Ottawa gave $100,000 in stimulus funding to the Churchill ice trail project, painting it as an empowering move for locals to creating a supply lifeline for the northern Manitoba town, in lockstep with Indigenous people.
Earlier this year, federal Trade Minister Jim Carr recalled personally handing over a cheque to the team, saying it could help cement Churchill’s role in a looming Arctic strategy. The idea was to have employees consider serving even more remote communities in northern Manitoba and Nunavut, thus providing winter employment to summer tourism and port workers.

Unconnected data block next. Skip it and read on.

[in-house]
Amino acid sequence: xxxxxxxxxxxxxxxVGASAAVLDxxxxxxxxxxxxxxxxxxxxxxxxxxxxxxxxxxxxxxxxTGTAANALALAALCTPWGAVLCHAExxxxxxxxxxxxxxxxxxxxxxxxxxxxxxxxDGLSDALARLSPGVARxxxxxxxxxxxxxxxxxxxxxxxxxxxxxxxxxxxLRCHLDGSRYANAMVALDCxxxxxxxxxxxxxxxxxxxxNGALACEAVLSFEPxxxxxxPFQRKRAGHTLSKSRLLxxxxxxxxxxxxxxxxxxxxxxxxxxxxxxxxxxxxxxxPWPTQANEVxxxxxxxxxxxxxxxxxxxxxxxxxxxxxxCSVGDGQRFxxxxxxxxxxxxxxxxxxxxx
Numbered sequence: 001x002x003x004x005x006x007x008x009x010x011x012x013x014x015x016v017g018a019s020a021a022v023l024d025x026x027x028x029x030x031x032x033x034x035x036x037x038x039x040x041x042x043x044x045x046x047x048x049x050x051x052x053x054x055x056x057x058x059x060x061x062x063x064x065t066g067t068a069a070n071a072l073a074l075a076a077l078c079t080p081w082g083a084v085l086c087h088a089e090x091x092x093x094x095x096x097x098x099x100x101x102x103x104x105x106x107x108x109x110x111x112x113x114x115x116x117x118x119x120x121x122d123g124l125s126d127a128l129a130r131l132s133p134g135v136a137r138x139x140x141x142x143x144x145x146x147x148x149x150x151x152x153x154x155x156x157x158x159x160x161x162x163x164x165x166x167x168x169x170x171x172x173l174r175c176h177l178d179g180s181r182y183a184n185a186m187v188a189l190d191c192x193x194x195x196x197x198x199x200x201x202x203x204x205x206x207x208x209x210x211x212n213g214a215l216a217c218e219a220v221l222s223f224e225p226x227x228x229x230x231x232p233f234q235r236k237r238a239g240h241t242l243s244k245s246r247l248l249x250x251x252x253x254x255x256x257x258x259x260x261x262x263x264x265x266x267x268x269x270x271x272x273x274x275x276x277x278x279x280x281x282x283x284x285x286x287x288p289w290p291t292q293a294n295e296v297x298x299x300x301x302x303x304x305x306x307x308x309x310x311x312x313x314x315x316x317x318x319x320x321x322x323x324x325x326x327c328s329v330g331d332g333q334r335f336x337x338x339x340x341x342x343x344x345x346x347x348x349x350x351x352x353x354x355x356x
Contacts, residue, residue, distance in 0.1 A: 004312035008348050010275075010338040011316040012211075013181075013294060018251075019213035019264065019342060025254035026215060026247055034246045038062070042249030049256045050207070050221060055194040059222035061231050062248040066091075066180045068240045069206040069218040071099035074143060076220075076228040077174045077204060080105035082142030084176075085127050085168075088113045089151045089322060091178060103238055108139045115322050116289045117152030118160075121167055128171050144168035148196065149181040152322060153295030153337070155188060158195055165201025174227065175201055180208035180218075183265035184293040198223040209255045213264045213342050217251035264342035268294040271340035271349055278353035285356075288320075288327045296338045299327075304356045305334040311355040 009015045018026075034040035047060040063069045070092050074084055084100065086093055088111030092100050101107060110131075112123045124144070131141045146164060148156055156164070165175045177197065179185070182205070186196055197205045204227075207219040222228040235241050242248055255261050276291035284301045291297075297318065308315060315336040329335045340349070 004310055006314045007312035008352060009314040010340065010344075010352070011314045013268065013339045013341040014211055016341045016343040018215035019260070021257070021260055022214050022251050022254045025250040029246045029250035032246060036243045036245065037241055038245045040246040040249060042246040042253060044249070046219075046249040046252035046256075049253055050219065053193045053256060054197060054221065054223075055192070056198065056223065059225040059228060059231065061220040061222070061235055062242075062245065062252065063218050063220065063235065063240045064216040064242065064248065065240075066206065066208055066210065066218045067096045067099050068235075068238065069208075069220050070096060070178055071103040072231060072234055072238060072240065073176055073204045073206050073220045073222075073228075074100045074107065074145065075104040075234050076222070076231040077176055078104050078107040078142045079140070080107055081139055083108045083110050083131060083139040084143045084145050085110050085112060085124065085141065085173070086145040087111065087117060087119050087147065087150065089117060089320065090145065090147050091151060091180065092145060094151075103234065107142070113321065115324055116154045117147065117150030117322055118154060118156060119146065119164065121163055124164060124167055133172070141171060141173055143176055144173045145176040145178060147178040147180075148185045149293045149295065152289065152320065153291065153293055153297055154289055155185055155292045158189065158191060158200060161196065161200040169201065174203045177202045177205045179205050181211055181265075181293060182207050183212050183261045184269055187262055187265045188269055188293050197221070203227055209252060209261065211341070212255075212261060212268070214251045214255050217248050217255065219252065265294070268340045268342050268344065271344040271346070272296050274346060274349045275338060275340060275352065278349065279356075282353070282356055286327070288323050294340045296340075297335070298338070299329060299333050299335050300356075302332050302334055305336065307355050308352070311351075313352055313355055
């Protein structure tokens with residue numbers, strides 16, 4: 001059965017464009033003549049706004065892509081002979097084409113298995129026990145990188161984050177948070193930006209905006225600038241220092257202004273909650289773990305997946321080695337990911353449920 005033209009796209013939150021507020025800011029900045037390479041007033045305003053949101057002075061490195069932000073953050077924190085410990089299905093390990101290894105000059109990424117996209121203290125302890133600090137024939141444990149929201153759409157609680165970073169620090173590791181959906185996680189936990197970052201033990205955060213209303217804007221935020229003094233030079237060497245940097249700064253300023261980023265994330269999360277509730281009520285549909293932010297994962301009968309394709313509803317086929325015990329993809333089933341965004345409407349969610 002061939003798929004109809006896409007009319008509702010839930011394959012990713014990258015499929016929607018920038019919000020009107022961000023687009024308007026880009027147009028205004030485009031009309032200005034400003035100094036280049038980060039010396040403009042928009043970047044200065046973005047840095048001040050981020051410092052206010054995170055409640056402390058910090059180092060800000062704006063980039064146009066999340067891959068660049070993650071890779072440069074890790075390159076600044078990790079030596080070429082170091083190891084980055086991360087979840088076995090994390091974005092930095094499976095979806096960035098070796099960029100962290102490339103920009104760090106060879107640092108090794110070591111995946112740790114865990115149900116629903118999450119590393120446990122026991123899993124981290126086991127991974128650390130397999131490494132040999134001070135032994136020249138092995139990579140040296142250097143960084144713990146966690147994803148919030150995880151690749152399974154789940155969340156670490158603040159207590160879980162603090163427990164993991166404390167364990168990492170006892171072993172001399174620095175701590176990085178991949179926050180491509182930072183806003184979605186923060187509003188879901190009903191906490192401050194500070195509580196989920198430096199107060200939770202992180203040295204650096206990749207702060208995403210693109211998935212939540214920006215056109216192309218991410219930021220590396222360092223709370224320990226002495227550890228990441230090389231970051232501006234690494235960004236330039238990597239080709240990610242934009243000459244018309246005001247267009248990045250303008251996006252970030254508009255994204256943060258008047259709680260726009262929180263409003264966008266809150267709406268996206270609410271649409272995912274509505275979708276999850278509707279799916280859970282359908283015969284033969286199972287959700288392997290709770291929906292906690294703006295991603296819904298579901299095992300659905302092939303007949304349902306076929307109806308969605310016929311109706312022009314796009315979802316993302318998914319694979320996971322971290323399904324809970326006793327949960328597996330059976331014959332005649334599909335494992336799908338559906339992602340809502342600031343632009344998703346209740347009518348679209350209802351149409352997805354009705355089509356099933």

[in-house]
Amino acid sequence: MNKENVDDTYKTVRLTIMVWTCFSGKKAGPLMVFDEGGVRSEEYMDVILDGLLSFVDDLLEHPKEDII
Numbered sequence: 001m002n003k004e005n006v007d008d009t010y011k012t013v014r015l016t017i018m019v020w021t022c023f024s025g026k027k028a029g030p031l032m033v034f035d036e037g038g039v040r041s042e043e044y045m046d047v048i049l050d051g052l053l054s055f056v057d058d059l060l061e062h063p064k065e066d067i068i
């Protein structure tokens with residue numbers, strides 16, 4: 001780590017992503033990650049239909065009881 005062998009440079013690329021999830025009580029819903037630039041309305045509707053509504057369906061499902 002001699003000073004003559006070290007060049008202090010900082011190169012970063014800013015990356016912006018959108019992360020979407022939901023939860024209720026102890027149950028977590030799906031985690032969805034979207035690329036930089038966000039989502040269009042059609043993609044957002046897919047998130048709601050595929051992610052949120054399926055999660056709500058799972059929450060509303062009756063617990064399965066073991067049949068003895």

The recent reality television show Ice Road Truckers profiled Polar Industries as its carved out routes in the muskeg at extreme temperatures and poured water over dips in the path to create some flooded trail.
In May, Fox Lake filed a $1.3-million suit against Polar Industries, with the First Nation claiming an unfair share of revenue and expenses; Polar filed a similar counterclaim. In August, Wintec Building Services filed its own suit claiming Polar hadn’t paid $57,000 in hauling services to help build a school in York Landing.
None of the allegations have been proven in court.
The University of Manitoba had to twice delay its planned construction of Churchill Marine Observatory, initially due to the rail disruption and this past winter because of problems with the ice trail.
— Dylan Robertson